LOOKING BACK –
by Mark Leeper A REFLECTION ON 2021
This past couple of years, 2020 and 2021, have been especially tumultuous on many fronts – nationally, regionally, and locally. Public offices have been shut down, employees in many agencies and companies have come and gone, and the country has seemed ever more divisive. Needless to say, CILs are not immune to the external factors that are impacting everyone everywhere, and neither are the CIL staff.
We have experienced a tremendous amount of stress throughout our workforce. Staff members are doing their best to support others even as they struggle to maintain their own health. This stress has clearly affected people at every level and my compassion has been great for those that have continued to do their best under trying and ever-changing circumstances. VR programs, many CILs, and others have often struggled to find new or replacement staff. Many programs have faced significant reductions in the numbers of people with a disability seeking services as the pandemic limited connections. Even with that reduced contact, we know that people are suffering and we want to figure out how to help. To better reach out and serve, we have received many thousands of dollars with uncertain timelines and vague structure, putting additional strain on already stressed people and systems.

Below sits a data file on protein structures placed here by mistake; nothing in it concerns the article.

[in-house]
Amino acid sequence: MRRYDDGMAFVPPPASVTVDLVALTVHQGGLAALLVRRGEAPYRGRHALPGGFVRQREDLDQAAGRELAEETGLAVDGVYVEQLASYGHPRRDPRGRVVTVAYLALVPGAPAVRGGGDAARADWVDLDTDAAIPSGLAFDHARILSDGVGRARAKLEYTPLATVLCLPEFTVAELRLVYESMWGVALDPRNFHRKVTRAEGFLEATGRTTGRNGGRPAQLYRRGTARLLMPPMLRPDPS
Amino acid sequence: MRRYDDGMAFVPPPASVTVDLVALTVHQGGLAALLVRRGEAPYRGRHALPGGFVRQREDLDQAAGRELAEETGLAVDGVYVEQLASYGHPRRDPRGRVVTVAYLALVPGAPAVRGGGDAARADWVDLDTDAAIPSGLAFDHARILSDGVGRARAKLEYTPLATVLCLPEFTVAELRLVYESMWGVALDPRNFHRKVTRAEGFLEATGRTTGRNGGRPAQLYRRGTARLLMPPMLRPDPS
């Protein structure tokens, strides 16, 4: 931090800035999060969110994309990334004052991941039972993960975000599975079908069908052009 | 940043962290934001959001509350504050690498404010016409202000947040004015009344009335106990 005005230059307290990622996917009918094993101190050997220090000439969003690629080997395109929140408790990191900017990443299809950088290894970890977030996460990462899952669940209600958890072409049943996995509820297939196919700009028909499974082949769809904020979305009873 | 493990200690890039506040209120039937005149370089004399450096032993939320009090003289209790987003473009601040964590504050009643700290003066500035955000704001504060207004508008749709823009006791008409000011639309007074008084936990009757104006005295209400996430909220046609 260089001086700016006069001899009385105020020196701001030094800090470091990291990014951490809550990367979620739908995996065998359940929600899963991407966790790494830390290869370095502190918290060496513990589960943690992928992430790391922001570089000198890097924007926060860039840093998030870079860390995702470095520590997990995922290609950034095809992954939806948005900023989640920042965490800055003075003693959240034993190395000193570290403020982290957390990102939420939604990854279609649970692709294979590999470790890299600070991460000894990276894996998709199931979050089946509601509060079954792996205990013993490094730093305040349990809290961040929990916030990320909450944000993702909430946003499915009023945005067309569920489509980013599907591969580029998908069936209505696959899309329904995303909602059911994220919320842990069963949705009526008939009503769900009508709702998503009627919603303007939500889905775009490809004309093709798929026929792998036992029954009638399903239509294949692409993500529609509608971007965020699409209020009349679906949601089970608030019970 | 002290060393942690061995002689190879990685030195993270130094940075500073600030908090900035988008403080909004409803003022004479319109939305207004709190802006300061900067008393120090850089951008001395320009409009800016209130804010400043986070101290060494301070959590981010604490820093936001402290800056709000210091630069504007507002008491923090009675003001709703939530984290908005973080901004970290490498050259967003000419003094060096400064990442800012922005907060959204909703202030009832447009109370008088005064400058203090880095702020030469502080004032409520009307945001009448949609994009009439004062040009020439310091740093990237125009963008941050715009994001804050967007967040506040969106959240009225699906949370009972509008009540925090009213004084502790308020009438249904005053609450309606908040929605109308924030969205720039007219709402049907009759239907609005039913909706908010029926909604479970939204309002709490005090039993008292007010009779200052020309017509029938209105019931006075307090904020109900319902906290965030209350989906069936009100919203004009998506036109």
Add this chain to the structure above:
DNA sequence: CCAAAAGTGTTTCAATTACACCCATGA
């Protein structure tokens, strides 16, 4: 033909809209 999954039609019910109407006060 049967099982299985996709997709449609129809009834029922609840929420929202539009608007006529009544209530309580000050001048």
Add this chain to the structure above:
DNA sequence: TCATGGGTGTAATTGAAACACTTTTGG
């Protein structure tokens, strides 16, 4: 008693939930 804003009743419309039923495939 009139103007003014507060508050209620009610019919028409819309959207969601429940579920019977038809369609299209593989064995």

As these funds and uncertain expectations threaten to lead us down paths we have never traveled in the IL world, I believe that it is doubly important that we maintain our focus on the IL philosophy and not allow the IL movement and the CILs that are built to implement services to support it, lapse into provision of traditional, intervention types of services. Too much focus on intervention services dilutes our impact as a movement that champions and supports choice and self-determination and chosen levels of interdependence that are key to changing attitudes and supporting the idea that we are equal and not special. Let’s remember to support each other, reminding each other that the IL philosophy still applies, and that systemic change and peer support are still critical underpinnings and primary ingredients in our struggle for equality and justice.